still life 2016

still life 2016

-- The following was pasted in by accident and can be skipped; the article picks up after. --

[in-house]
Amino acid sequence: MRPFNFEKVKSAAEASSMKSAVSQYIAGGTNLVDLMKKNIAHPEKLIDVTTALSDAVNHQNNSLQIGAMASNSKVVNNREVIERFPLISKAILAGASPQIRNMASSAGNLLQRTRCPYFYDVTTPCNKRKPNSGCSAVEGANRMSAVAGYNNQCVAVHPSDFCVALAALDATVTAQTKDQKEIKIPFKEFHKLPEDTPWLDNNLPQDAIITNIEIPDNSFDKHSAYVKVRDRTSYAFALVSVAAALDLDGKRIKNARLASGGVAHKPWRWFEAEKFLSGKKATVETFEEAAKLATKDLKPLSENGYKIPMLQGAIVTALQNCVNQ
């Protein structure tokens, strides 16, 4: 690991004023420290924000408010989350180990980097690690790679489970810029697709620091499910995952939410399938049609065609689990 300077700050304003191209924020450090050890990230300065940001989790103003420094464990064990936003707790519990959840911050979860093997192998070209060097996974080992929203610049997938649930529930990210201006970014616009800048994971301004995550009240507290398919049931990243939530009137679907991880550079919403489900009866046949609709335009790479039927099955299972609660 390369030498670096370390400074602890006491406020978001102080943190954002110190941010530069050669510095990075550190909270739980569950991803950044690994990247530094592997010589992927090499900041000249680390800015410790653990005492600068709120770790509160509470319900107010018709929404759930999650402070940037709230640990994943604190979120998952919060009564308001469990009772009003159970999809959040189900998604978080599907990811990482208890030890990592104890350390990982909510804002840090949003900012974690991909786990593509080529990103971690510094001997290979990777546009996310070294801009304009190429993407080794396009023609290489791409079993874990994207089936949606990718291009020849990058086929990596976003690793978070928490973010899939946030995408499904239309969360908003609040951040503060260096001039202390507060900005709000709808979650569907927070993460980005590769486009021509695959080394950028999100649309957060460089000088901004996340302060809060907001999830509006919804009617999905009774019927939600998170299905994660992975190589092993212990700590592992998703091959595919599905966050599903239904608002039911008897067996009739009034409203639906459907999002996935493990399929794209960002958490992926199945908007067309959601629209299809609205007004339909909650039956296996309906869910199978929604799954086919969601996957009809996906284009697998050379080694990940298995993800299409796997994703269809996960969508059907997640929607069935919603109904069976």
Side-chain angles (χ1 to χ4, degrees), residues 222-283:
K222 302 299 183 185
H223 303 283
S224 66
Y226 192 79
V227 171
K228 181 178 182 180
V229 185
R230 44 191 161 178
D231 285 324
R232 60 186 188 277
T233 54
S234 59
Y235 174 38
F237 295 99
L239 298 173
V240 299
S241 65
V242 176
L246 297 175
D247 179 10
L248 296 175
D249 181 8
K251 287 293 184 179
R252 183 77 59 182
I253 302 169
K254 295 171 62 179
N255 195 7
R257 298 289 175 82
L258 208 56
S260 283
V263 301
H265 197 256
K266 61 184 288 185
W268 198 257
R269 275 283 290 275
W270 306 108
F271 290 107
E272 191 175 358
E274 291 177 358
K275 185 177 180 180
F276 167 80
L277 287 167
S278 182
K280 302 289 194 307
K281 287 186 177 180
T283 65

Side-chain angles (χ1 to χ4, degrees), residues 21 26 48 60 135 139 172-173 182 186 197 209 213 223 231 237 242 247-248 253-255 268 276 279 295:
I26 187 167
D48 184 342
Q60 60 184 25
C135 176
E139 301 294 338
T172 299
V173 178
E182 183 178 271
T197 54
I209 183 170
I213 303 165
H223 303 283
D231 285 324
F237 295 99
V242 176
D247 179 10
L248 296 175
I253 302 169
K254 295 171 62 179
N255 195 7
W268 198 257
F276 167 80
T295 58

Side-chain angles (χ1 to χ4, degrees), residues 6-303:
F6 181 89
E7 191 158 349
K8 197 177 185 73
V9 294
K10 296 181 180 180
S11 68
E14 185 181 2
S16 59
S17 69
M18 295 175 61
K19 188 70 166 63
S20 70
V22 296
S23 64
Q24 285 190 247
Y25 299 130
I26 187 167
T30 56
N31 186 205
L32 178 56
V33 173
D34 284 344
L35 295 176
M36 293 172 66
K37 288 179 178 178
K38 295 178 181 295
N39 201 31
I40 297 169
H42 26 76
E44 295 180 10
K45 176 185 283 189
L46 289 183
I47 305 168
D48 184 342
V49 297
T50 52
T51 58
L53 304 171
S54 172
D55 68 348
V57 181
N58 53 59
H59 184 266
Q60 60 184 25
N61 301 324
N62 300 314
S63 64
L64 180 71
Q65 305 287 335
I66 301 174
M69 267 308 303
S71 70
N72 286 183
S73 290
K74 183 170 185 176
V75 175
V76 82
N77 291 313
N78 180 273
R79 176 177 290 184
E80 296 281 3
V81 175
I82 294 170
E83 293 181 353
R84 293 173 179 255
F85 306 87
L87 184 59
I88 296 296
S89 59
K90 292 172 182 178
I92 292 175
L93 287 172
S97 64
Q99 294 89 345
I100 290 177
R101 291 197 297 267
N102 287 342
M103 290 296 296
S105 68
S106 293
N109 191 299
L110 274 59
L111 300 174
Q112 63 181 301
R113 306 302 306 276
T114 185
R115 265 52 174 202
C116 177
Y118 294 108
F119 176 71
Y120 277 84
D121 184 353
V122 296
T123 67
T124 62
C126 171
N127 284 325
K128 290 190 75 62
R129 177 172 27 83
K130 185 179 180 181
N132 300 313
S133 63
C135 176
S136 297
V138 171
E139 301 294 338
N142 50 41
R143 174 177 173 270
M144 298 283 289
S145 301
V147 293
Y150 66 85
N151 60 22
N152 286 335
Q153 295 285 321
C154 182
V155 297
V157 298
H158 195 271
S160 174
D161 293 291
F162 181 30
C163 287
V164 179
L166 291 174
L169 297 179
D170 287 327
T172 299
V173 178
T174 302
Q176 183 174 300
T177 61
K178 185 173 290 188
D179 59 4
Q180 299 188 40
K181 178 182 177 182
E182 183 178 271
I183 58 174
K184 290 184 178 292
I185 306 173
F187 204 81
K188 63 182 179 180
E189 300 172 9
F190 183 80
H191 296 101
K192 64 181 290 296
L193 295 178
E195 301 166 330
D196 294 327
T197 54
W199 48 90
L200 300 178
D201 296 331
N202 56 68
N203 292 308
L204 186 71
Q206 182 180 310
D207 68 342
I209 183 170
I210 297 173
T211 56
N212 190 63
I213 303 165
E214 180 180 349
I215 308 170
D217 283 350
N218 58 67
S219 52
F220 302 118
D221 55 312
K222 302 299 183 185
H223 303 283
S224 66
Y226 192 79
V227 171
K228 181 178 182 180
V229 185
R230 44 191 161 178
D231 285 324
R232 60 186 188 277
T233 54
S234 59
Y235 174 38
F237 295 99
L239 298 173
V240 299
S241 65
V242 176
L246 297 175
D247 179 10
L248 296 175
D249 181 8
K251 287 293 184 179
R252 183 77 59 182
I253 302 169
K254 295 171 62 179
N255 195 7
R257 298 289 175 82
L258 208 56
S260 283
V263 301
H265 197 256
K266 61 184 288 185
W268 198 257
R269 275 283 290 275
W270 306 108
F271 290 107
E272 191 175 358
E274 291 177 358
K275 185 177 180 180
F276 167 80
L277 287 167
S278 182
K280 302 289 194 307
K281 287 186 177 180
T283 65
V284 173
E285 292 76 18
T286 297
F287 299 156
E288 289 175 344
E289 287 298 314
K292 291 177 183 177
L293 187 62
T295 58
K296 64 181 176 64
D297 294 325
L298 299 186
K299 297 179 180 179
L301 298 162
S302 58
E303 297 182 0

Each bite is a political act. What, when, how, and why we eat can trigger inhumane working conditions in Spain, soil erosion in Central Africa, or slash and burn practices in the Amazon. The questions that interest us about daily food consumption have nothing to do with diets, recipes, or gourmet reviews but rather with CO2 emissions, fracking, or genetic engineering. Each bite is culture. Each swallow is politics. We want to position food as an essential, political theme at the center of society because daily calorie intake is not just a matter of pleasure and taste; it also reflects a society’s attitude toward life and how it thinks. Supposedly food comes first, then morals. In fact, though, food is almost always linked with moral perceptions. Every society, every culture chooses its food according to moral or ethical rules, designs its edible products based on ritual ideas and ordering systems, and consumes these in compliance with set rules within the community. The rules and design parameters in Western industrial countries follow the notions of a centralized, industrial society. We eat industrial design. This system of monocultures, mass production, warehouses, and fully stocked suburban supermarkets was neither created nor is it suited for sustainable food products. The system of food supply in the Western, civilized world contradicts biodiversity, sustainability, and our responsibility to future generations. The team of artists, scientists, and political activists submitting this proposal seeks to challenge the prevailing system through performance art. We do not believe the rules and design processes that govern our food are predetermined by nature or science but that they are shapeable.

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